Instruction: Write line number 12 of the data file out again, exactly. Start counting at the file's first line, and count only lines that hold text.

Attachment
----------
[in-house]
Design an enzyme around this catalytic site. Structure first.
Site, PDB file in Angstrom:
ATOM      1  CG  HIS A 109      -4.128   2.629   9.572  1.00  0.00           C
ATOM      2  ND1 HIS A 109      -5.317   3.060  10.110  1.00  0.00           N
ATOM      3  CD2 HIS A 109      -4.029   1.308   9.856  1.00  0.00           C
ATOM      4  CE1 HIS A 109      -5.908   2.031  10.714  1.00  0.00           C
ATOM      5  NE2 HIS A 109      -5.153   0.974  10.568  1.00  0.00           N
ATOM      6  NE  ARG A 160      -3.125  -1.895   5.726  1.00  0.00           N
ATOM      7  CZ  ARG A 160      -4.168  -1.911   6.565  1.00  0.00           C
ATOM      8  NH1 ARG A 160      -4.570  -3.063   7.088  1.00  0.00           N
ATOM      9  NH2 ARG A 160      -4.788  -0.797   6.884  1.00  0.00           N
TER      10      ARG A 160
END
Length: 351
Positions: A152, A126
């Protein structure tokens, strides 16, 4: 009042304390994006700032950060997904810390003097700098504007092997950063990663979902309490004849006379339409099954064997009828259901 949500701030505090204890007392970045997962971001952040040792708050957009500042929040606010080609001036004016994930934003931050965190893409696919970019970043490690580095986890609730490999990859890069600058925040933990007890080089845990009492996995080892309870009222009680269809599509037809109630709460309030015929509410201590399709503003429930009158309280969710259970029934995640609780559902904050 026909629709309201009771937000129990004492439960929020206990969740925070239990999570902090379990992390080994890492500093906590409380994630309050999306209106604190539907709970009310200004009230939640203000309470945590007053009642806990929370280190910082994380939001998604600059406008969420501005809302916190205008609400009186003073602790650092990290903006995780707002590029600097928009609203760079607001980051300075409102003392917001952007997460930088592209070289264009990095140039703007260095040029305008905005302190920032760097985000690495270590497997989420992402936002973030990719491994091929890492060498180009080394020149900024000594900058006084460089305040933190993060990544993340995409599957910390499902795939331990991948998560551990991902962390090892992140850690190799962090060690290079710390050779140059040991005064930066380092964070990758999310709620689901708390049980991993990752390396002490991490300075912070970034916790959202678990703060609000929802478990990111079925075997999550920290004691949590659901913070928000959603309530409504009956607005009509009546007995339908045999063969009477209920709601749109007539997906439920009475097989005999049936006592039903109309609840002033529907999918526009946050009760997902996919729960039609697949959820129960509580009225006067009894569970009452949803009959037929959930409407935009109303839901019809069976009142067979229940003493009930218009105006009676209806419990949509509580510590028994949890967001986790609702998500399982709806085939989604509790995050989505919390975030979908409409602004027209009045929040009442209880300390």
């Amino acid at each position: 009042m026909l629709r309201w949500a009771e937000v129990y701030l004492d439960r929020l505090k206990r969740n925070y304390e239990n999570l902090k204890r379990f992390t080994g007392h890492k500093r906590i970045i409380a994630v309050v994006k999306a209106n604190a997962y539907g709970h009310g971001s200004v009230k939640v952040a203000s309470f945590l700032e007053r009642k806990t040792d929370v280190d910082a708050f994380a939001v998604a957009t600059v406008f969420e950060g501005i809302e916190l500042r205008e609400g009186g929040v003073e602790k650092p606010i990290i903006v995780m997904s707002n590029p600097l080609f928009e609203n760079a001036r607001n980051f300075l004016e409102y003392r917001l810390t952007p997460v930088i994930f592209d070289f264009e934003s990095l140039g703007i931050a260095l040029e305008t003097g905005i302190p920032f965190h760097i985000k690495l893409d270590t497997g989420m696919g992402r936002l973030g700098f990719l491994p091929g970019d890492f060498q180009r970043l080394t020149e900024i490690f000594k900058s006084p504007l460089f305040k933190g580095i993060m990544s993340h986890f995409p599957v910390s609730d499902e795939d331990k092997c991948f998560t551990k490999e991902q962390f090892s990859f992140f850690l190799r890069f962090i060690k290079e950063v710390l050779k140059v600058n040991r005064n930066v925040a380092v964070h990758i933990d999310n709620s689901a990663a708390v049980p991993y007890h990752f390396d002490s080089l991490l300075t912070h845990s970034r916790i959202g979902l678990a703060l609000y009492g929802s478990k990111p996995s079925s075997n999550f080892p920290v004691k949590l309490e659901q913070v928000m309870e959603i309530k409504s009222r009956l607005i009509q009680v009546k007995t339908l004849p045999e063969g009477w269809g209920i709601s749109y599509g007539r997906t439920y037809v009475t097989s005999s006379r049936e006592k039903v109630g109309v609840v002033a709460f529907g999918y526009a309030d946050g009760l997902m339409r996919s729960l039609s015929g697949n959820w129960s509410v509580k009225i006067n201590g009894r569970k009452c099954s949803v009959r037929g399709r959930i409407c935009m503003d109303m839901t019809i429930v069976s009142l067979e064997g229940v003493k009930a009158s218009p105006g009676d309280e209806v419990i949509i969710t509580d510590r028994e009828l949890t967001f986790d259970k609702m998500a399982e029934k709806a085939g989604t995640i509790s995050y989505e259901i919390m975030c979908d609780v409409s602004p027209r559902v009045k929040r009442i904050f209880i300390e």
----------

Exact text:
ATOM      9  NH2 ARG A 160      -4.788  -0.797   6.884  1.00  0.00           N